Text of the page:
The conference takes place Jun. 21-23 and it will feature over 30 speakers from around the world. There will be talks and interactive Q&As, according to the official website, and developers will have a chance to “gain a global perspective on the art and business of game creation.”
All of the talks will be close-captioned and translated live in eight languages — Arabic, Chinese, English, French, Japanese, Portuguese, Russian, and Spanish. Language is “the biggest invisible border in our industry,” Ismail told GamesBeat in a recent interview. During his #1ReasontoBe panel at GDC last year, one of his speakers had a heavy French accent. Many people attending the talk complained afterwards that the speaker was very hard to understand.
“That just made me very sad,” Ismail told GamesBeat. “He flew over from Madagascar, 10 hours north to Europe and 10 hours west to the United States, and the feedback is that he’s hard to understand? That can’t be the reality. This kid is doing amazing work making a Madagascar-inspired racing game, and then the feedback is he’s hard to understand. Why can’t he speak in his own language?”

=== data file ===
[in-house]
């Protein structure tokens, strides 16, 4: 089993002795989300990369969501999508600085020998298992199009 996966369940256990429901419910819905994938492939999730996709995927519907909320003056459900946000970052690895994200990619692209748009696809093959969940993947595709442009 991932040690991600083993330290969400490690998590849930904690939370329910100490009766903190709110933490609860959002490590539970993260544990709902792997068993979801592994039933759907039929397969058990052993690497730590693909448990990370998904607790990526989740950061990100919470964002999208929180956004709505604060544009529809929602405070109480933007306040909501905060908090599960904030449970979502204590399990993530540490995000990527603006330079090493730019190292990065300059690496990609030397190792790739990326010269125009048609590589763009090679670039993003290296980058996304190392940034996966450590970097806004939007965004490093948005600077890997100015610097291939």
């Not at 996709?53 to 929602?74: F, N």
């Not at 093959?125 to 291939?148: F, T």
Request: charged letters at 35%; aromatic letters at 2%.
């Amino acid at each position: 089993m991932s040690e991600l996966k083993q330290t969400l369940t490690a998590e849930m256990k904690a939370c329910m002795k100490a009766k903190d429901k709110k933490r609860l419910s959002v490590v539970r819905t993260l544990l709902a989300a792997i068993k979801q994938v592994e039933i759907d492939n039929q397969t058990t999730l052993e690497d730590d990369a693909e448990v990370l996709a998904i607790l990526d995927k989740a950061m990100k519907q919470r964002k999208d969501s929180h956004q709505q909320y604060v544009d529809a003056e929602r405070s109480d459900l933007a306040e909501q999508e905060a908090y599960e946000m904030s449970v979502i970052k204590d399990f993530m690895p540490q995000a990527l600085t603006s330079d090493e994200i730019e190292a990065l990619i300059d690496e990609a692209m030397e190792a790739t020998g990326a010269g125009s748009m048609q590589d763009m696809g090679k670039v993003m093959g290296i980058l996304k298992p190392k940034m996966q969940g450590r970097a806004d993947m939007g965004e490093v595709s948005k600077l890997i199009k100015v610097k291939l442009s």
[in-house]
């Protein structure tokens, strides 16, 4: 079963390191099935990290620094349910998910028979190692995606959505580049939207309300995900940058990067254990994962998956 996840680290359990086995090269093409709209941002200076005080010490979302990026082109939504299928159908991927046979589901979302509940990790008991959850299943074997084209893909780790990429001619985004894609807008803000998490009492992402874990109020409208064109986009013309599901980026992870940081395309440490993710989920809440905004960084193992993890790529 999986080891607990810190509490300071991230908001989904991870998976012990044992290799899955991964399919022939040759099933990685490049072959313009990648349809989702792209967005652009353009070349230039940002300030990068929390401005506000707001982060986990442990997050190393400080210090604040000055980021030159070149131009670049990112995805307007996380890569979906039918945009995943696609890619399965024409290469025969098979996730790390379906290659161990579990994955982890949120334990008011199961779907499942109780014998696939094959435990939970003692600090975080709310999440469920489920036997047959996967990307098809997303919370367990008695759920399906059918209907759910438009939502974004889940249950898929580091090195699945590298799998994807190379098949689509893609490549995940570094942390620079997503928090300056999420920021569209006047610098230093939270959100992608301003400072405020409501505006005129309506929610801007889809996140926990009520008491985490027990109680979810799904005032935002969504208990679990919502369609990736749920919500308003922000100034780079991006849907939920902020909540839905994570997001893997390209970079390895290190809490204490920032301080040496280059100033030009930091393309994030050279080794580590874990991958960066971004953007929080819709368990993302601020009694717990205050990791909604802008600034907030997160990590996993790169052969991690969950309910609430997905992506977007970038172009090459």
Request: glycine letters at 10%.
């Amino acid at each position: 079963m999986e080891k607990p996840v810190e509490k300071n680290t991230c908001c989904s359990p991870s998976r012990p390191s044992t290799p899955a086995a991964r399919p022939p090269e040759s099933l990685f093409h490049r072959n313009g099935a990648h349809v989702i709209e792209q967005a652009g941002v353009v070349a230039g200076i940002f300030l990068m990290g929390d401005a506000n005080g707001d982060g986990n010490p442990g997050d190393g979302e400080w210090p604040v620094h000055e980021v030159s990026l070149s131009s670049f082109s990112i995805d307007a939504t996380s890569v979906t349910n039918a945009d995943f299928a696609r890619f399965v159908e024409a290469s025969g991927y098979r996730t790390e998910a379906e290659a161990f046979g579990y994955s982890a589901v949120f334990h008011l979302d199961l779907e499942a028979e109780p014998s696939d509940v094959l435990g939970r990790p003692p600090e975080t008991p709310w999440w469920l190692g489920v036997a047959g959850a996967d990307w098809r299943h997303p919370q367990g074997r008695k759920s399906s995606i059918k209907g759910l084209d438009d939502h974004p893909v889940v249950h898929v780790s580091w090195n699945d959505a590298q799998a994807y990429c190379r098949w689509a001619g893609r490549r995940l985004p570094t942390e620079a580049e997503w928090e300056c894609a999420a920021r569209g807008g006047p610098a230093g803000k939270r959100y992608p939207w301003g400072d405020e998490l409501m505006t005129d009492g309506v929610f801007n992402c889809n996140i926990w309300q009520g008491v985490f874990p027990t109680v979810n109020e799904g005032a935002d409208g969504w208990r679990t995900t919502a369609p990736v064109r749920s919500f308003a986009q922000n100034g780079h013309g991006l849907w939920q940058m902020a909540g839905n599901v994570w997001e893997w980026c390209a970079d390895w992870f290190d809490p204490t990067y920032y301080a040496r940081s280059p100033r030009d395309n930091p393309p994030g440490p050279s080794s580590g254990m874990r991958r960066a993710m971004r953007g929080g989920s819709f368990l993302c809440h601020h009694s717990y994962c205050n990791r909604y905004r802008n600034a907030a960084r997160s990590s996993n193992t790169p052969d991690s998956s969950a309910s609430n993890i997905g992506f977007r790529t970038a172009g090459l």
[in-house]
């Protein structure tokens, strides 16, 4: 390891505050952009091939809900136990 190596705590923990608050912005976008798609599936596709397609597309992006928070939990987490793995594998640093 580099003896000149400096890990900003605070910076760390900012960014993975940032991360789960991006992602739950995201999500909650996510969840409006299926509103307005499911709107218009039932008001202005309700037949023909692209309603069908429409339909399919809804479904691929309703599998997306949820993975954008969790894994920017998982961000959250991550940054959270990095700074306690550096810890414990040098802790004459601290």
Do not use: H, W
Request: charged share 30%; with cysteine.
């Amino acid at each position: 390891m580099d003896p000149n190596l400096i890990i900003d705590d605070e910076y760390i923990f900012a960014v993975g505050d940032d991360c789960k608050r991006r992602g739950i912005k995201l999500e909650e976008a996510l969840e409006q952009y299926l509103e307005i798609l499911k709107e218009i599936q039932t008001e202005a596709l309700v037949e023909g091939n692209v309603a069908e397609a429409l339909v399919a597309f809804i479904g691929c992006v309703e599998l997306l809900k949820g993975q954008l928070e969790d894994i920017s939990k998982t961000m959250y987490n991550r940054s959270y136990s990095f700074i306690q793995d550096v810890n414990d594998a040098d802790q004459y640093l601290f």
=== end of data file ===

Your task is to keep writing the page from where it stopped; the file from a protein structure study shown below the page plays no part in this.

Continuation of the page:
When asked on Twitter why other languages, like German, aren’t part of the roster, Ismail said the event’s organizers “weighed budget against reach, selected the seven languages in the world that would maximize the developers we could reach, and added Japanese because games industry.”
While the feedback from the #1ReasontoBe panel was apparently an inspiration for the Gamedev.world conference, visa issues played a part in its creation as well. At least four of the panel’s speakers had to cancel because they couldn’t travel to the United States, Ismail said on Twitter in March. “Now looking for a backup speaker for my backup speaker, and arranged a backup speaker for my final speaker without a confirmed visa, too,” he said. “Is this really [what] organizing a panel in ‘the country of opportunity’ should be like? Really?” Since Gamedev.world is a virtual conference, it bypasses many of the usual issues associated with physical events.
Variety recently named Ismail one of the most influential people in video games in 2018 for his efforts to help fellow game developers, whether it’s through his free Presskit module, his event panels, or his personal blog.
Gamedev.world will be totally free and available to watch on a number of livestreaming platforms. The event’s speakers and sponsors will be announced over the next few weeks.